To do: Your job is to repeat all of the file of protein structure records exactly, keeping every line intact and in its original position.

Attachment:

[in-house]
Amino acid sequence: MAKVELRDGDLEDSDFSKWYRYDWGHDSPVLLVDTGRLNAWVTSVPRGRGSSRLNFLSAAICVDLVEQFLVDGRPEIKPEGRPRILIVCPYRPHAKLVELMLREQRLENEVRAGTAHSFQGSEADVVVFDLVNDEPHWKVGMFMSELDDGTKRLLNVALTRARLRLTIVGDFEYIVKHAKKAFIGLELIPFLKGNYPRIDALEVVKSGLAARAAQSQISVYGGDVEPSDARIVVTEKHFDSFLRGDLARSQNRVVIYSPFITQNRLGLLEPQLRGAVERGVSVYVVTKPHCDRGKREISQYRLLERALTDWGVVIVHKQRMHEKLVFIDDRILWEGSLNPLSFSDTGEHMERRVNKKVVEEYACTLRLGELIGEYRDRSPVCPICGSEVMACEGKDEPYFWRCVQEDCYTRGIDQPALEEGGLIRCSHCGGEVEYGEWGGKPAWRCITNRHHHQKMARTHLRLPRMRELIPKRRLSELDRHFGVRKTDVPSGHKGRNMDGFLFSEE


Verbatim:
[in-house]
Amino acid sequence: MAKVELRDGDLEDSDFSKWYRYDWGHDSPVLLVDTGRLNAWVTSVPRGRGSSRLNFLSAAICVDLVEQFLVDGRPEIKPEGRPRILIVCPYRPHAKLVELMLREQRLENEVRAGTAHSFQGSEADVVVFDLVNDEPHWKVGMFMSELDDGTKRLLNVALTRARLRLTIVGDFEYIVKHAKKAFIGLELIPFLKGNYPRIDALEVVKSGLAARAAQSQISVYGGDVEPSDARIVVTEKHFDSFLRGDLARSQNRVVIYSPFITQNRLGLLEPQLRGAVERGVSVYVVTKPHCDRGKREISQYRLLERALTDWGVVIVHKQRMHEKLVFIDDRILWEGSLNPLSFSDTGEHMERRVNKKVVEEYACTLRLGELIGEYRDRSPVCPICGSEVMACEGKDEPYFWRCVQEDCYTRGIDQPALEEGGLIRCSHCGGEVEYGEWGGKPAWRCITNRHHHQKMARTHLRLPRMRELIPKRRLSELDRHFGVRKTDVPSGHKGRNMDGFLFSEE